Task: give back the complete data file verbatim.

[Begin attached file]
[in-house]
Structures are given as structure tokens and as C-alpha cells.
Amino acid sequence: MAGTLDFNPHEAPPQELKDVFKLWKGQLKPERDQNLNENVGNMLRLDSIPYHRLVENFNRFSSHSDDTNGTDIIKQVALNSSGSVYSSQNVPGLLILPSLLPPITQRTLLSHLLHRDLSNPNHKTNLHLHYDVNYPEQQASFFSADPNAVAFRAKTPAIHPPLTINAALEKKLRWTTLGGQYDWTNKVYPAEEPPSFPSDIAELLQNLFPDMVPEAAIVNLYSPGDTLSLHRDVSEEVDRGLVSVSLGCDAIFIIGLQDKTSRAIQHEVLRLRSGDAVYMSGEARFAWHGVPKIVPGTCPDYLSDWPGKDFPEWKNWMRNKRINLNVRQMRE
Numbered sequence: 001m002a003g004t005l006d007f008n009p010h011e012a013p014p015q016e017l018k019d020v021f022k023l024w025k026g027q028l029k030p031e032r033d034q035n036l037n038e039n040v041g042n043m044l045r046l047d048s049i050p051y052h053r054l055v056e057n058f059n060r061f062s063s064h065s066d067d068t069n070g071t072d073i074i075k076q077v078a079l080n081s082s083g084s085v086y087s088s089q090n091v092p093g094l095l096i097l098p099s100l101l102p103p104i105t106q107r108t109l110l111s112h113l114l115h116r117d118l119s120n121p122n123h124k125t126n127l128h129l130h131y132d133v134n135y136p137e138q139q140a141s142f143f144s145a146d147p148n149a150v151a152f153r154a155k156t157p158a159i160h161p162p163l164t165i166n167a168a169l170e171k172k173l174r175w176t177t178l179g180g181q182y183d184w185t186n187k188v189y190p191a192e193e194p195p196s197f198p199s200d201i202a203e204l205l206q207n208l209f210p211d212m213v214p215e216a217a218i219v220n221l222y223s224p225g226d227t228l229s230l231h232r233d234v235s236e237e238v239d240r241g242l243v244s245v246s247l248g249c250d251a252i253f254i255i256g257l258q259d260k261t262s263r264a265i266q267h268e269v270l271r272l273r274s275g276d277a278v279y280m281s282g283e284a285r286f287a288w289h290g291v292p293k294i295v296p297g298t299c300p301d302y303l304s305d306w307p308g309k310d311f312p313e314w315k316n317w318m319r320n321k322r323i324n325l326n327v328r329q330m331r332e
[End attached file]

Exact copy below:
[in-house]
Structures are given as structure tokens and as C-alpha cells.
Amino acid sequence: MAGTLDFNPHEAPPQELKDVFKLWKGQLKPERDQNLNENVGNMLRLDSIPYHRLVENFNRFSSHSDDTNGTDIIKQVALNSSGSVYSSQNVPGLLILPSLLPPITQRTLLSHLLHRDLSNPNHKTNLHLHYDVNYPEQQASFFSADPNAVAFRAKTPAIHPPLTINAALEKKLRWTTLGGQYDWTNKVYPAEEPPSFPSDIAELLQNLFPDMVPEAAIVNLYSPGDTLSLHRDVSEEVDRGLVSVSLGCDAIFIIGLQDKTSRAIQHEVLRLRSGDAVYMSGEARFAWHGVPKIVPGTCPDYLSDWPGKDFPEWKNWMRNKRINLNVRQMRE
Numbered sequence: 001m002a003g004t005l006d007f008n009p010h011e012a013p014p015q016e017l018k019d020v021f022k023l024w025k026g027q028l029k030p031e032r033d034q035n036l037n038e039n040v041g042n043m044l045r046l047d048s049i050p051y052h053r054l055v056e057n058f059n060r061f062s063s064h065s066d067d068t069n070g071t072d073i074i075k076q077v078a079l080n081s082s083g084s085v086y087s088s089q090n091v092p093g094l095l096i097l098p099s100l101l102p103p104i105t106q107r108t109l110l111s112h113l114l115h116r117d118l119s120n121p122n123h124k125t126n127l128h129l130h131y132d133v134n135y136p137e138q139q140a141s142f143f144s145a146d147p148n149a150v151a152f153r154a155k156t157p158a159i160h161p162p163l164t165i166n167a168a169l170e171k172k173l174r175w176t177t178l179g180g181q182y183d184w185t186n187k188v189y190p191a192e193e194p195p196s197f198p199s200d201i202a203e204l205l206q207n208l209f210p211d212m213v214p215e216a217a218i219v220n221l222y223s224p225g226d227t228l229s230l231h232r233d234v235s236e237e238v239d240r241g242l243v244s245v246s247l248g249c250d251a252i253f254i255i256g257l258q259d260k261t262s263r264a265i266q267h268e269v270l271r272l273r274s275g276d277a278v279y280m281s282g283e284a285r286f287a288w289h290g291v292p293k294i295v296p297g298t299c300p301d302y303l304s305d306w307p308g309k310d311f312p313e314w315k316n317w318m319r320n321k322r323i324n325l326n327v328r329q330m331r332e